Disgraced Cheating Site Ashley Madison Claims It Has Millions Of Users That Totally Aren’t Bots This Time

Disgraced Cheating Site Ashley Madison Claims It Has Millions Of Users That Totally Aren’t Bots This Time

Ashley Madison is back… supposedly. The cheating site claims it added more than 400,000 global users last month, according to a New York Post report. The supposed growth is especially surprising given that the site experienced a massive data breach in July 2015 that exposed thousands of names and addresses of adulterers including thousands of government employees and conservative reality television star Josh Duggar.

According to the Post report, Ashley Madison claims it has signed up 52.7 million users since it was founded 15 years ago. That number is up from 36 million it claimed in 2015 at the time of the cyberattack. The difference in numbers implies steady growth even after the hacking scandal.

What’s peculiar about these numbers, however, is there isn’t much of an explanation given to explain how the site could have possibly continued to grow. Ashley Madison executives from parent company Ruby Life told the Post it doesn’t discuss numbers like daily active users for competitive reasons. The company used this reasoning to dodge questions about why the site would continue to see explosive growth after being brutally hacked.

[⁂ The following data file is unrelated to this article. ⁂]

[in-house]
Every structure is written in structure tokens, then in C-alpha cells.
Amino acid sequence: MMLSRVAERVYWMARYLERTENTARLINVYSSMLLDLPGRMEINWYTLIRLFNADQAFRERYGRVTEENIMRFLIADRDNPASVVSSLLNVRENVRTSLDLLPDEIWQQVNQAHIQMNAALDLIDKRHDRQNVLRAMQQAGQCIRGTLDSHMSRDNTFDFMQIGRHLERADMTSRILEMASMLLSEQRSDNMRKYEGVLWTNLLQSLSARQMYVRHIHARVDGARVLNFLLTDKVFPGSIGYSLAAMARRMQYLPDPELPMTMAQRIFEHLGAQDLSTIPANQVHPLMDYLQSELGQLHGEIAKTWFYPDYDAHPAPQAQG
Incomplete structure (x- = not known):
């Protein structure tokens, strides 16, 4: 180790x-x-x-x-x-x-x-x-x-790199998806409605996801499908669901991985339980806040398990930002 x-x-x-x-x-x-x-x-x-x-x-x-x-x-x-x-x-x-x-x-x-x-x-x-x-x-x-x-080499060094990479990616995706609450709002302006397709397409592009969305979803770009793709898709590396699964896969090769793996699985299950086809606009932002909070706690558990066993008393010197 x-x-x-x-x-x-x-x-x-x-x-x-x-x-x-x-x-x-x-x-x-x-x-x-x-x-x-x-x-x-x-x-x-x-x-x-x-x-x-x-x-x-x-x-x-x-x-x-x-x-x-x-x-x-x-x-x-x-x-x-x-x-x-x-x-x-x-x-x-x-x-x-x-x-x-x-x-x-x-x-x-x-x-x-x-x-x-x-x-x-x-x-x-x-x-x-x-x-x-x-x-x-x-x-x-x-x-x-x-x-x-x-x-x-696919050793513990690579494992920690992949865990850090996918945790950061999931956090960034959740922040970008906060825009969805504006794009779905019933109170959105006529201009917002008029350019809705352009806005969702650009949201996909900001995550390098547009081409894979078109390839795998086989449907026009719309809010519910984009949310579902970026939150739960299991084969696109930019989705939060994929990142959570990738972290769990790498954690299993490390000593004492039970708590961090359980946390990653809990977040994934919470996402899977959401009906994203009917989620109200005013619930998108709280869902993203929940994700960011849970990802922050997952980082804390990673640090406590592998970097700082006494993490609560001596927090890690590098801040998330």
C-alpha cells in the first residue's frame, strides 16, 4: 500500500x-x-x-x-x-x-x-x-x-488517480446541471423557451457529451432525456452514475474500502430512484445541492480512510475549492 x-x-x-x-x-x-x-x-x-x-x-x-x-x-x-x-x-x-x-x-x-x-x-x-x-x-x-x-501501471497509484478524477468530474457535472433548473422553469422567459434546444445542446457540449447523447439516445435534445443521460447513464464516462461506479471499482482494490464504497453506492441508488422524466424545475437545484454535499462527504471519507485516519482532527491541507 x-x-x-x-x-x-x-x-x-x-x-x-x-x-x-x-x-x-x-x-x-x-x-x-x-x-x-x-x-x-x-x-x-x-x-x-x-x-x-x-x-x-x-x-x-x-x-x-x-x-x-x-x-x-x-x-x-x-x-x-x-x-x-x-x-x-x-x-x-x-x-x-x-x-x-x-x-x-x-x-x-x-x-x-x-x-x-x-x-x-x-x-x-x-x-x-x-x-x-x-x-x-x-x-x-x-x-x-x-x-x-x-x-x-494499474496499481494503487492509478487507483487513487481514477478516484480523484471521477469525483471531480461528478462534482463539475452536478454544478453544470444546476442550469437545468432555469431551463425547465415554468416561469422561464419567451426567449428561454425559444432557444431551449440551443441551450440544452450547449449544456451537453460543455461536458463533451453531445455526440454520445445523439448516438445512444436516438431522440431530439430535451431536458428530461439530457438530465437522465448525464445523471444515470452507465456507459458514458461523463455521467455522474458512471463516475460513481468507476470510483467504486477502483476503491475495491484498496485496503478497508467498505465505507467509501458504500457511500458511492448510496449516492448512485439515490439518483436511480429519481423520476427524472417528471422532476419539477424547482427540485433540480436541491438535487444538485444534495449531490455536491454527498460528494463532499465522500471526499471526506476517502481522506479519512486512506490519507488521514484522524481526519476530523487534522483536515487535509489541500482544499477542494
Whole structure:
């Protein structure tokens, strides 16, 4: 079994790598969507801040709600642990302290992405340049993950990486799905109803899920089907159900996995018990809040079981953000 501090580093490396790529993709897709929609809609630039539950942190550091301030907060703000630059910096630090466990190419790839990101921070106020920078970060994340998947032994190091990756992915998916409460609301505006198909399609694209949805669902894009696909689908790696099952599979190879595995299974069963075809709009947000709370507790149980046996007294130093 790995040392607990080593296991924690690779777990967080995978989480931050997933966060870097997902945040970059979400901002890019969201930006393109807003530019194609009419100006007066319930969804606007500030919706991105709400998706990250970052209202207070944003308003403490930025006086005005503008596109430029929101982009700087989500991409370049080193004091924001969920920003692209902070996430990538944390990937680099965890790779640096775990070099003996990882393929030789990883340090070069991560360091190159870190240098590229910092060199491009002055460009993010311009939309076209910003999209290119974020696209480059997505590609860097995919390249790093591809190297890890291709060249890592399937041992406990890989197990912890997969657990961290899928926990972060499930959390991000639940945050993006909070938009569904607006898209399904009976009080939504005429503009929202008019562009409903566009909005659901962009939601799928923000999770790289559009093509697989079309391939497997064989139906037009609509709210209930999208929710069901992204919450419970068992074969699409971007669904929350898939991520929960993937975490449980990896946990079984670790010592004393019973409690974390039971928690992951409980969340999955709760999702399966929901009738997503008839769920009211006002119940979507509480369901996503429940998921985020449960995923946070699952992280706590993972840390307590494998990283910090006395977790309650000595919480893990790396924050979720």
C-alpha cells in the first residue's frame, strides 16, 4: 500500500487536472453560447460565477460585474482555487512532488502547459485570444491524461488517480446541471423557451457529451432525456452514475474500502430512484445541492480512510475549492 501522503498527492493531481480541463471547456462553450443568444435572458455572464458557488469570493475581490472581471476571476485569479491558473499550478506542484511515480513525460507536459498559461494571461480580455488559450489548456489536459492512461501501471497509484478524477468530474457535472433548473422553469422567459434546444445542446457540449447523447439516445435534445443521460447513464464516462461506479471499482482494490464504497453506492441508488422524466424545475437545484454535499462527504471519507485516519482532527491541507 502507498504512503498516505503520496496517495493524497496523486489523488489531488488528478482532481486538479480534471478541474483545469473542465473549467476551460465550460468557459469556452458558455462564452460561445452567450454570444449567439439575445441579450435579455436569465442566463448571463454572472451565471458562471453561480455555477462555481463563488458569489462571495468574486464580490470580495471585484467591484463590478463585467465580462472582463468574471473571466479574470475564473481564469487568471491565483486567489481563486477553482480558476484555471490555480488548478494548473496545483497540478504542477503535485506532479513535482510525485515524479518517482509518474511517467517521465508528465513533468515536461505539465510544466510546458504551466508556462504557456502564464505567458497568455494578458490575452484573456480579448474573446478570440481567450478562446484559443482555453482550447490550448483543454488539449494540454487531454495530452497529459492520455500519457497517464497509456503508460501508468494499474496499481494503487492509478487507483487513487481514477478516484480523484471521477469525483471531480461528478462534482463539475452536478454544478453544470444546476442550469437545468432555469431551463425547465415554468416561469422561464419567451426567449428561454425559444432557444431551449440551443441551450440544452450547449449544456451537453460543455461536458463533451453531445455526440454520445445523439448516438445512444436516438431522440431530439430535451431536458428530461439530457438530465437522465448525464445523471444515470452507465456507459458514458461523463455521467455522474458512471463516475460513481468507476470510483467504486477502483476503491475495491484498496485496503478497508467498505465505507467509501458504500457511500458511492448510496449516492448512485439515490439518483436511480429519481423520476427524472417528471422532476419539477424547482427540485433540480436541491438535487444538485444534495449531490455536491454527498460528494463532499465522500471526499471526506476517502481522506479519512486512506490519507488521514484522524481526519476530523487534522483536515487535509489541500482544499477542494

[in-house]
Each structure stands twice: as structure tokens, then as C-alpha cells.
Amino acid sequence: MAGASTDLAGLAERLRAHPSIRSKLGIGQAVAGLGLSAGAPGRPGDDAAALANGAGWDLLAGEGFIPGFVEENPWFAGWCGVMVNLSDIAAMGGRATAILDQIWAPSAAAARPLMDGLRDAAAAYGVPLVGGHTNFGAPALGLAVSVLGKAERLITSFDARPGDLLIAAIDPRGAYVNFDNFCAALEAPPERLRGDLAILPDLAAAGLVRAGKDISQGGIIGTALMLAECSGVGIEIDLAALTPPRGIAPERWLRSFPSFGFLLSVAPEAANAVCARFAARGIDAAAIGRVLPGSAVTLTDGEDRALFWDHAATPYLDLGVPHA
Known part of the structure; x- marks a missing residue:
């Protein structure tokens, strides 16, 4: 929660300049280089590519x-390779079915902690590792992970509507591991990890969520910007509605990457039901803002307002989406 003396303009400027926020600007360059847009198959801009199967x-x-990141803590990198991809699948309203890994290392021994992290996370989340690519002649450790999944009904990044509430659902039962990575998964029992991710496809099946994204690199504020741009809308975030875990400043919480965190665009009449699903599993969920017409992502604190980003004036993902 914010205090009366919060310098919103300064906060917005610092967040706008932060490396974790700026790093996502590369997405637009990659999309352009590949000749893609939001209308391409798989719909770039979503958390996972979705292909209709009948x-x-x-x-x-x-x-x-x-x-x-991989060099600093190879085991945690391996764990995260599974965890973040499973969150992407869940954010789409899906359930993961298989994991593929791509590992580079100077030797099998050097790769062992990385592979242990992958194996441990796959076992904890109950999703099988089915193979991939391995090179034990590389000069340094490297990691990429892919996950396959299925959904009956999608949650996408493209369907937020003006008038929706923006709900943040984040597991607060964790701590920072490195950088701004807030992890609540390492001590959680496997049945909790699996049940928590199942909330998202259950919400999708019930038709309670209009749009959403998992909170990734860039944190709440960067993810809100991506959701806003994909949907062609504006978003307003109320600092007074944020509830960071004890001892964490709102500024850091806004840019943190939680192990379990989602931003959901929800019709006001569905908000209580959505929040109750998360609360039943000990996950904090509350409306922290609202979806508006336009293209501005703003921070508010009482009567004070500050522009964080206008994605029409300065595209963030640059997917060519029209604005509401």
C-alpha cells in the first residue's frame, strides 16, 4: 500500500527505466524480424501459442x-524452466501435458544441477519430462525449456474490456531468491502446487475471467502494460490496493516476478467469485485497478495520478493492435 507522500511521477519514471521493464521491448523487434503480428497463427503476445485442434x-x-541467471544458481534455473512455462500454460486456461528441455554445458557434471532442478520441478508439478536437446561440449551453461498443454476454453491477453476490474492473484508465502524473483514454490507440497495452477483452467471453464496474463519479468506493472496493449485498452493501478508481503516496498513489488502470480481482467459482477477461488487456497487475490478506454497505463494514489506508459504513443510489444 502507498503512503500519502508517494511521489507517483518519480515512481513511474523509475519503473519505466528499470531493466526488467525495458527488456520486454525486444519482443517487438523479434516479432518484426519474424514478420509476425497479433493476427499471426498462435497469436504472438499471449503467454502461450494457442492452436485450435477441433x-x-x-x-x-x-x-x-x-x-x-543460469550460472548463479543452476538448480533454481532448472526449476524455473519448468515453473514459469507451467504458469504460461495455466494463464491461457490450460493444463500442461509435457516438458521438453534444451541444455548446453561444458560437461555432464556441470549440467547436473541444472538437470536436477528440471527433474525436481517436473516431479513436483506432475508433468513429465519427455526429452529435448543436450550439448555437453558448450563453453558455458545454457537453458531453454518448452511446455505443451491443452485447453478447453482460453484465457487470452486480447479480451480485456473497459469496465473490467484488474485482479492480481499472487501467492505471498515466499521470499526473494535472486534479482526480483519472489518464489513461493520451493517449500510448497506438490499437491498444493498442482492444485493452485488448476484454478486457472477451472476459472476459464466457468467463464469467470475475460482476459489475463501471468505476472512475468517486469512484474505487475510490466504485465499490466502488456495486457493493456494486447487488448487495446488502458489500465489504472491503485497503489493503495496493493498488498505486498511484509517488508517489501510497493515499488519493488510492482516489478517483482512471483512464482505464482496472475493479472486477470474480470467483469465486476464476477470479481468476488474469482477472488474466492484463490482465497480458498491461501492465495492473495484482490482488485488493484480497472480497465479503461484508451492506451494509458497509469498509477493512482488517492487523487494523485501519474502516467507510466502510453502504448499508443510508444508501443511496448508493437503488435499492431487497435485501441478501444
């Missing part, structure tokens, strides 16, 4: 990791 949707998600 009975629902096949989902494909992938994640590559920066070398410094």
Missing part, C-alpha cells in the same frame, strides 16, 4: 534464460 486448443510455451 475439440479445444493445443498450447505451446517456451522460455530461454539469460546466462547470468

And there’s also the fact that Ashley Madison created a small army of bots to trick its users and inflate its numbers prior to the hack. In 2015, a Gizmodo analysis revealed that Ashley Madison created more than 70,000 female bots to send male users fake messages. The bots essentially worked as a sales team. When men signed up for new accounts, they’d be messaged by a bot posing as an interested woman. The men would then pay a small fee to reply to the bots. As Gizmodo reported, a staggering 80 per cent of initial purchases were made by a male trying to communicate with a female bot.

So how do we know the company isn’t lying this time around? We don’t! The company is privately held and therefore doesn’t have to share any of its data publicly. For now, we’ll just have to take the company’s word for it. The bigger question to people actually signing up is: Isn’t there an easier way to meet someone to cheat on your spouse with?

We reached out to Ashley Madison for comment but had not heard back at time of writing.